The Putnam Examiner

Weight Limit on Peekskill Hollow Road May be Lifted

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Putnam County Highway Commissioner Fred Pena told legislators and residents at the county’s Dec. 18 Physical Services Committee meeting that his proposal to consider rescinding the weight restriction on Peekskill Hollow Road in Putnam Valley is in the interest of public safety.

Residents, however, disagree.

The temporary 12-ton weight restriction was placed on Peekskill Hollow Road about a decade ago in response to concerns from residents and travelers that 18-wheelers using the road to get from Route 301 301 in Kent to Route 6 in Cortlandt were creating a hazard – and tearing up the road.

“We are continuing to examine every possible alternative,” Pena said last week.

“You have two major ridges that go through (town) and the only routes that you have are  Oscawana (Lake Road) and Peekskill Hollow, so that’s something that’s going to have to be worked out and that’s something I can’t do on my own,” he said.

Putnam Valley Town Supervisor Sam Oliverio asked if a truck route is required within a municipality.

“Route 6 is all of, literally, 1 mile separated from Peekskill Hollow Road,” he said. “Can’t we direct the traffic through there and spare the one thing the Town of Putnam Valley has, which is its rural nature, from being abused by these 18wheelers?”

According to Andrew Negro of the county law department, while the county can impose weight restrictions on county roads, the ability to enact truck routes in town is under the purview of the town board.

Oliverio further stated that while Route 6 is a “major thoroughfare,” Peekskill Hollow Road is “barely a two-lane road” and not a proper route for any truck over the 12-ton limit.

“It’s one of the most rural and historic roads in the entire county,” he said. “That’s the only thing Putnam Valley has – we’re not a business area, we don’t have box stores… What we have is one of the most rural configurations than any other town and we want to protect that.”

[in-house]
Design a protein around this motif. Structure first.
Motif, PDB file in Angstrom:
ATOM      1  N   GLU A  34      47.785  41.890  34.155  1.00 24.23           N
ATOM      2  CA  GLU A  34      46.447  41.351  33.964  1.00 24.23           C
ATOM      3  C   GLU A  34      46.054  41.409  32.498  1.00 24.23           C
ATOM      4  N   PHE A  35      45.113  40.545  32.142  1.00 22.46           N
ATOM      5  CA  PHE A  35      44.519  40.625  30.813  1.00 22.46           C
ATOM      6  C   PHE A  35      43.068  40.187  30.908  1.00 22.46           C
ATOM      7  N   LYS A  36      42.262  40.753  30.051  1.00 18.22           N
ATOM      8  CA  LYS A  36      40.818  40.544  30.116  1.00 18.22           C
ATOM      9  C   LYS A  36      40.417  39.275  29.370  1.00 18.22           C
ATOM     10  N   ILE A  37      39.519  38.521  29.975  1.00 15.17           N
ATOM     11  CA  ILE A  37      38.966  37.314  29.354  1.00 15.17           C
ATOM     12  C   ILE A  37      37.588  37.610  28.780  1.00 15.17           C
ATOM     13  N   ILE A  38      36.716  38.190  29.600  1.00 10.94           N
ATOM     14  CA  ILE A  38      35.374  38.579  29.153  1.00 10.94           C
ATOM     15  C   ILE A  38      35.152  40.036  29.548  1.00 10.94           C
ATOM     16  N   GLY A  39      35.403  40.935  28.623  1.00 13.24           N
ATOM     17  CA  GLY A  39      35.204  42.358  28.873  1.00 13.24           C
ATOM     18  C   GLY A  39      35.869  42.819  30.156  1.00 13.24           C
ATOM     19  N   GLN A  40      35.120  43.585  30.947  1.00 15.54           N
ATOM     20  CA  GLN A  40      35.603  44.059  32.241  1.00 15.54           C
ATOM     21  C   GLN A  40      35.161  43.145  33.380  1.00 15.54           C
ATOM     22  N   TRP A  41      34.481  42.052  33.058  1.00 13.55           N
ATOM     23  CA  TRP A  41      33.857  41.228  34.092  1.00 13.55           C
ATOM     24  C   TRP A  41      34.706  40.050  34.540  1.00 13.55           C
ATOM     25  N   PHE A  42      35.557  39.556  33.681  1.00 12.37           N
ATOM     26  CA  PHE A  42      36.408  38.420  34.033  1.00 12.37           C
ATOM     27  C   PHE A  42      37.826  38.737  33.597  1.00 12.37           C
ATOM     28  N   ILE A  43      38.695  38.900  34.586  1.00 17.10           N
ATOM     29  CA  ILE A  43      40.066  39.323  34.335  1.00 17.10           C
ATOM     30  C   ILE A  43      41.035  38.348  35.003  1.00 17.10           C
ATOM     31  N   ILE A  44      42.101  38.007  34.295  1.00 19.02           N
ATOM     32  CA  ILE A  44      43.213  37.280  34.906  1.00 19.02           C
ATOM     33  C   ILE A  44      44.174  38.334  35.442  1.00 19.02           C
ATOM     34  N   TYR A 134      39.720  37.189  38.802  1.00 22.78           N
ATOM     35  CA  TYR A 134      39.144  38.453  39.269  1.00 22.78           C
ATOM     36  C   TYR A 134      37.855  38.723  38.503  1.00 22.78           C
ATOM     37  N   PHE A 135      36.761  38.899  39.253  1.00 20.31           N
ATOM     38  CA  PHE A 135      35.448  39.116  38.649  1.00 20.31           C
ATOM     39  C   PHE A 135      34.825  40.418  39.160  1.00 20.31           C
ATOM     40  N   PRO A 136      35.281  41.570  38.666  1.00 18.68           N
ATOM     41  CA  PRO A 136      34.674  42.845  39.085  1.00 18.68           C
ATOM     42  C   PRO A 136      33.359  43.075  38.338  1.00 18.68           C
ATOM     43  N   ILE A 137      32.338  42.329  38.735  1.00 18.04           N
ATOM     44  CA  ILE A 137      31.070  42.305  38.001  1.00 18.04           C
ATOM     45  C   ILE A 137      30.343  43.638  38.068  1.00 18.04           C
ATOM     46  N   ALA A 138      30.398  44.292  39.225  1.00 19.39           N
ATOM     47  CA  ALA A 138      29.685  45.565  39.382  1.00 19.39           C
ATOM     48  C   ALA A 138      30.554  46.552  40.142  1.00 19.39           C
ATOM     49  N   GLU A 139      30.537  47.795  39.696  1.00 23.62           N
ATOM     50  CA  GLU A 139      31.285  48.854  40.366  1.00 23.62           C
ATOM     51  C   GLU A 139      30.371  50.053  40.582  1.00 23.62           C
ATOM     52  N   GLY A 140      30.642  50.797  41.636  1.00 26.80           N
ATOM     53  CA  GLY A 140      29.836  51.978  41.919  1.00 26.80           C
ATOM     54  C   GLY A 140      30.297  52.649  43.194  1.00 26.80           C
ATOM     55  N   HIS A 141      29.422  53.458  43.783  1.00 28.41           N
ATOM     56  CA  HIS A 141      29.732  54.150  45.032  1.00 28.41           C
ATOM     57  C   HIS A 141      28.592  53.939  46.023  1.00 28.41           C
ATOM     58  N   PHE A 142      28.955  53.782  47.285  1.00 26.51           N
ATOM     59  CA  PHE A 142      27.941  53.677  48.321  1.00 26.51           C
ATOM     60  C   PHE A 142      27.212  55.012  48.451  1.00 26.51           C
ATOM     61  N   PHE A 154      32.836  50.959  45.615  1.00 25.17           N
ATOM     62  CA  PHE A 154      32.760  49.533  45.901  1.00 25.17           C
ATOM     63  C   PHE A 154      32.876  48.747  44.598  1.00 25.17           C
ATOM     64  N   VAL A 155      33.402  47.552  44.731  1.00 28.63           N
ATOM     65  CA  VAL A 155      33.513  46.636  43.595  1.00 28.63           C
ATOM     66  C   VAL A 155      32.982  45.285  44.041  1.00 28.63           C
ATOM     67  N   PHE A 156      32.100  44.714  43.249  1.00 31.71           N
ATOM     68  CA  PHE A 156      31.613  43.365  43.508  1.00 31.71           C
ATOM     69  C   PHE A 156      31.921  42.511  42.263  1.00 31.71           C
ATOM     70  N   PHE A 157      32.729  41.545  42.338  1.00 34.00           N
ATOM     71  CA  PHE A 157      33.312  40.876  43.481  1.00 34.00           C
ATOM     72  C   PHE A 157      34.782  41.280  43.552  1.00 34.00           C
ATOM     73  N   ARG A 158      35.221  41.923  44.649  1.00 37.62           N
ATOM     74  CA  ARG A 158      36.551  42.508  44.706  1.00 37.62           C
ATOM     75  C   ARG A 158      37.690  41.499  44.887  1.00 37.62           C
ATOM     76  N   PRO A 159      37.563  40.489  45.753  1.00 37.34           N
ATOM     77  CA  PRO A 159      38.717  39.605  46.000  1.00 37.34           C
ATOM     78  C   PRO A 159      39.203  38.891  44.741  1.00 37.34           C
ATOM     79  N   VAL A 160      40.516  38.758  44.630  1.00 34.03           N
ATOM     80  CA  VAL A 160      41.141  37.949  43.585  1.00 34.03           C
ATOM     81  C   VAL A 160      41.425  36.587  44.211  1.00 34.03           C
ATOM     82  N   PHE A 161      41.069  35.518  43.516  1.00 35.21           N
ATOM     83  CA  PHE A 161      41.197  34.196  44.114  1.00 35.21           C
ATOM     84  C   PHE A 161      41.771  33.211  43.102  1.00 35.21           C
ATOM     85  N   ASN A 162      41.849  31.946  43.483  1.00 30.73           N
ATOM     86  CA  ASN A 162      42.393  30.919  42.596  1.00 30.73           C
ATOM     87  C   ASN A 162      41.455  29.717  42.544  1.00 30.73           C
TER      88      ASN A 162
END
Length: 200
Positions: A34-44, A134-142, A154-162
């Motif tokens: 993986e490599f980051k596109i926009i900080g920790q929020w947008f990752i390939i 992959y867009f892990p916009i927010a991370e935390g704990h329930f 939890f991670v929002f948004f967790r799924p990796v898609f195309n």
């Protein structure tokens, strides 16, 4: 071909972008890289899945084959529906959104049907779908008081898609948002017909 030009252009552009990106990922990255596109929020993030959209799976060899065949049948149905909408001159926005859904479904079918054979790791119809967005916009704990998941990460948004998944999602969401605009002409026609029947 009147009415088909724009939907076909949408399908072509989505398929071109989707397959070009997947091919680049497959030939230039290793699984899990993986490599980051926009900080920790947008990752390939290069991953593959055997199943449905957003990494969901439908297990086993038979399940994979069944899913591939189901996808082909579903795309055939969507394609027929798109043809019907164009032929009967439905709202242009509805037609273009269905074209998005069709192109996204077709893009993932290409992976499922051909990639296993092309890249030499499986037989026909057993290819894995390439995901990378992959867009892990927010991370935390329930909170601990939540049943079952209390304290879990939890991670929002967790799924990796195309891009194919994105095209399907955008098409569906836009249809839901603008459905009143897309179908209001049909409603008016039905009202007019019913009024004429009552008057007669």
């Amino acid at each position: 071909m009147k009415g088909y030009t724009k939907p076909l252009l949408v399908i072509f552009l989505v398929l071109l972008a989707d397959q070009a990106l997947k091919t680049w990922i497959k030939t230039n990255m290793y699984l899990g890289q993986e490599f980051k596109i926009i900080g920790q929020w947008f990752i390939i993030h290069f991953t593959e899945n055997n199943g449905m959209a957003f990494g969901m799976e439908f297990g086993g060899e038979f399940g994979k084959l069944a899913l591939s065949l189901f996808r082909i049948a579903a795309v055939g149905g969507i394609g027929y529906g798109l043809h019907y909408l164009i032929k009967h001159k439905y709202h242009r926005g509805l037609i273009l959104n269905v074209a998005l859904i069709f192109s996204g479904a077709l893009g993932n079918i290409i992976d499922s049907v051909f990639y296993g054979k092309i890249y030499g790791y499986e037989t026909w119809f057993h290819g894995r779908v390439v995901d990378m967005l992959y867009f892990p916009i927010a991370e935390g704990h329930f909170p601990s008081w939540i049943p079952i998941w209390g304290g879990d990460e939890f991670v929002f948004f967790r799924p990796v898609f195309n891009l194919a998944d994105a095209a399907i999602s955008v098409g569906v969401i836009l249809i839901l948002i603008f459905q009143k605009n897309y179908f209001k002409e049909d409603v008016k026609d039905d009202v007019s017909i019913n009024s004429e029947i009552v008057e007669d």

However, Pena noted that Peekskill Hollow Road is still a better option for trucks than the back roads that blanket the town.

“When you look at what roads really need to have truck restrictions, you’ll find the smaller, local roads are the ones that are going to need those restrictions, and your Peekskill Hollow and Oscawana roads are you ways in and ways out,” he said.

Resident Victor Tishop, who has long advocated for truck restrictions on Peekskill Hollow Road, said trucks are already allowed on that road, as well as some others, for local deliveries. Designating Peekskill Hollow as an official truck route to allow through-traffic of 18-wheelers is irresponsible, he said.

“What the public demanded, and the weight restriction that was placed on Peekskill Hollow, was because of public safety and the physical nature of Peekskill Hollow Road,” he said. “It is not a designed truck route – the lanes are narrower than standard, there’s curves, limited sight distance, ups and downs…”

Pena, however, said the law that allows for weight restrictions was not written as a public safety law, but to prevent a roadway from being “materially injured.”

But Oliverio said that’s exactly what these trucks are doing.

“Eighteen-wheelers, as we know, they are the equivalent of 9,000 passenger cars going over,” he said. “That statistic came from the state. I didn’t create that. So that is going to kill our road and that’s why the curbing on the road is collapsing; the guardrails are bending over.”

Tishop accused Pena of “pushing” to make Peekskill Hollow Road a through-truck route.

“I’m pushing for a logical solution that doesn’t  allow trucks to get lost on local roads and create more of a hazard, as you have as a result on Tinker Hill (Road),” responded Pena.

In August, a tanker-truck carrying 3,300 gallons of liquid asphalt crashed at the corner of Peekskill Hollow Road and Tinker Hill Road. According to the police report, the driver said he was headed to a job site located off Barger Street when the “lost his brakes.”

Pena speculated that when the driver of that tanker-truck came to Peekskill Hollow Road and was met with a weight restriction, GPS re-directed him onto Tinker Hill Road.

“So the weight restriction that was recommended – and is illegal and unauthorized and poorly thought-out – pushed and is going to continue to push truck traffic onto town roads that are more dangerous than Peekskill Hollow,” he said.

“I don’t have the solution to how to get trucks off Peekskill Hollow, but an arbitrary and poorly thought-out route for trucks… If it doesn’t push them back to Route 6, you’re going to end up having them go up Oscawana… they’re going to end up into tributaries farther north up to the Taconic.”

Tishop, however, said the incident on Tinker Hill Road was caused by the “illegal actions of one truck trying to evade weight restrictions.” To say that the weight restrictions on Peekskill Hollow Road caused that crash is “absurd,” he said.

Regardless of what caused the crash at Tinker Hill and Peekskill Hollow Road, Pena said the county – and the town – need to continue to study the road and come up with a solution.

“Where do you expect the trucks to go,” asked Pena. “You’re going to have to create a logical truck route to safely move trucks around Peekskill Hollow.”

No action was taken on the matter.

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